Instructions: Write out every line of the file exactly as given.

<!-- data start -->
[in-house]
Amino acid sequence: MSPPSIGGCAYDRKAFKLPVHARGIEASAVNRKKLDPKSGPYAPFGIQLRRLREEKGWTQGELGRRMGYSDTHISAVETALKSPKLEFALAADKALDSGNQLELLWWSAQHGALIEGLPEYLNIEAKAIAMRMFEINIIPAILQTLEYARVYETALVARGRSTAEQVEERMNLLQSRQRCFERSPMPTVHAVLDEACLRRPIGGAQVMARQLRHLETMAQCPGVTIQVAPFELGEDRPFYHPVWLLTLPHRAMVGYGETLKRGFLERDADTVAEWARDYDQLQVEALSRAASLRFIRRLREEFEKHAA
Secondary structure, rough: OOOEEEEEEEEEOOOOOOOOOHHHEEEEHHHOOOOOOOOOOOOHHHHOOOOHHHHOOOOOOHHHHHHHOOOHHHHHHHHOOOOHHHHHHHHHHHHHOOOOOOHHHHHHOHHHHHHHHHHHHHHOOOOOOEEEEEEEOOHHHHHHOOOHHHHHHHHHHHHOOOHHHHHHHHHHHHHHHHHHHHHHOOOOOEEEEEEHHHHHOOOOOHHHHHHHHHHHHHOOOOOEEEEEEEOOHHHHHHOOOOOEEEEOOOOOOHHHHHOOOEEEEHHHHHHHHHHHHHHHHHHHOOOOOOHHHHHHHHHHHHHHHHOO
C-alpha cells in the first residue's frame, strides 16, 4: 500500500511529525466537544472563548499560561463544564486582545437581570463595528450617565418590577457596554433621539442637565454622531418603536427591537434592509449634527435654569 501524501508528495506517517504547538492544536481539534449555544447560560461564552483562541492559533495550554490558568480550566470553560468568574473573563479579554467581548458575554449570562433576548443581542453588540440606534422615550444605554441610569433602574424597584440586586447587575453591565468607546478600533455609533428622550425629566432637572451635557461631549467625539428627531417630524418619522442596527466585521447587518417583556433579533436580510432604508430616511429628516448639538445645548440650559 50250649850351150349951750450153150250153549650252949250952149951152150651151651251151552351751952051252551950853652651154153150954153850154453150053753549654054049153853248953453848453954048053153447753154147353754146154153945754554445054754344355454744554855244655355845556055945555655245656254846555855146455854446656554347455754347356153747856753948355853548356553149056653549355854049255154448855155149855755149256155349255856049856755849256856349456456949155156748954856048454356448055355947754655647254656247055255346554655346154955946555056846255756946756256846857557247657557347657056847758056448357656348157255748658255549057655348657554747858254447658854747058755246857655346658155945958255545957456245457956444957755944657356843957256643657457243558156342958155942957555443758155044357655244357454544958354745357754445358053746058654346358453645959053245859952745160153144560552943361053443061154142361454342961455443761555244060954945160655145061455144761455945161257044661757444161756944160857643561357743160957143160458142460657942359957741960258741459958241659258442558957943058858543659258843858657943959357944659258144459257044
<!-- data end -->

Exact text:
[in-house]
Amino acid sequence: MSPPSIGGCAYDRKAFKLPVHARGIEASAVNRKKLDPKSGPYAPFGIQLRRLREEKGWTQGELGRRMGYSDTHISAVETALKSPKLEFALAADKALDSGNQLELLWWSAQHGALIEGLPEYLNIEAKAIAMRMFEINIIPAILQTLEYARVYETALVARGRSTAEQVEERMNLLQSRQRCFERSPMPTVHAVLDEACLRRPIGGAQVMARQLRHLETMAQCPGVTIQVAPFELGEDRPFYHPVWLLTLPHRAMVGYGETLKRGFLERDADTVAEWARDYDQLQVEALSRAASLRFIRRLREEFEKHAA
Secondary structure, rough: OOOEEEEEEEEEOOOOOOOOOHHHEEEEHHHOOOOOOOOOOOOHHHHOOOOHHHHOOOOOOHHHHHHHOOOHHHHHHHHOOOOHHHHHHHHHHHHHOOOOOOHHHHHHOHHHHHHHHHHHHHHOOOOOOEEEEEEEOOHHHHHHOOOHHHHHHHHHHHHOOOHHHHHHHHHHHHHHHHHHHHHHOOOOOEEEEEEHHHHHOOOOOHHHHHHHHHHHHHOOOOOEEEEEEEOOHHHHHHOOOOOEEEEOOOOOOHHHHHOOOEEEEHHHHHHHHHHHHHHHHHHHOOOOOOHHHHHHHHHHHHHHHHOO
C-alpha cells in the first residue's frame, strides 16, 4: 500500500511529525466537544472563548499560561463544564486582545437581570463595528450617565418590577457596554433621539442637565454622531418603536427591537434592509449634527435654569 501524501508528495506517517504547538492544536481539534449555544447560560461564552483562541492559533495550554490558568480550566470553560468568574473573563479579554467581548458575554449570562433576548443581542453588540440606534422615550444605554441610569433602574424597584440586586447587575453591565468607546478600533455609533428622550425629566432637572451635557461631549467625539428627531417630524418619522442596527466585521447587518417583556433579533436580510432604508430616511429628516448639538445645548440650559 50250649850351150349951750450153150250153549650252949250952149951152150651151651251151552351751952051252551950853652651154153150954153850154453150053753549654054049153853248953453848453954048053153447753154147353754146154153945754554445054754344355454744554855244655355845556055945555655245656254846555855146455854446656554347455754347356153747856753948355853548356553149056653549355854049255154448855155149855755149256155349255856049856755849256856349456456949155156748954856048454356448055355947754655647254656247055255346554655346154955946555056846255756946756256846857557247657557347657056847758056448357656348157255748658255549057655348657554747858254447658854747058755246857655346658155945958255545957456245457956444957755944657356843957256643657457243558156342958155942957555443758155044357655244357454544958354745357754445358053746058654346358453645959053245859952745160153144560552943361053443061154142361454342961455443761555244060954945160655145061455144761455945161257044661757444161756944160857643561357743160957143160458142460657942359957741960258741459958241659258442558957943058858543659258843858657943959357944659258144459257044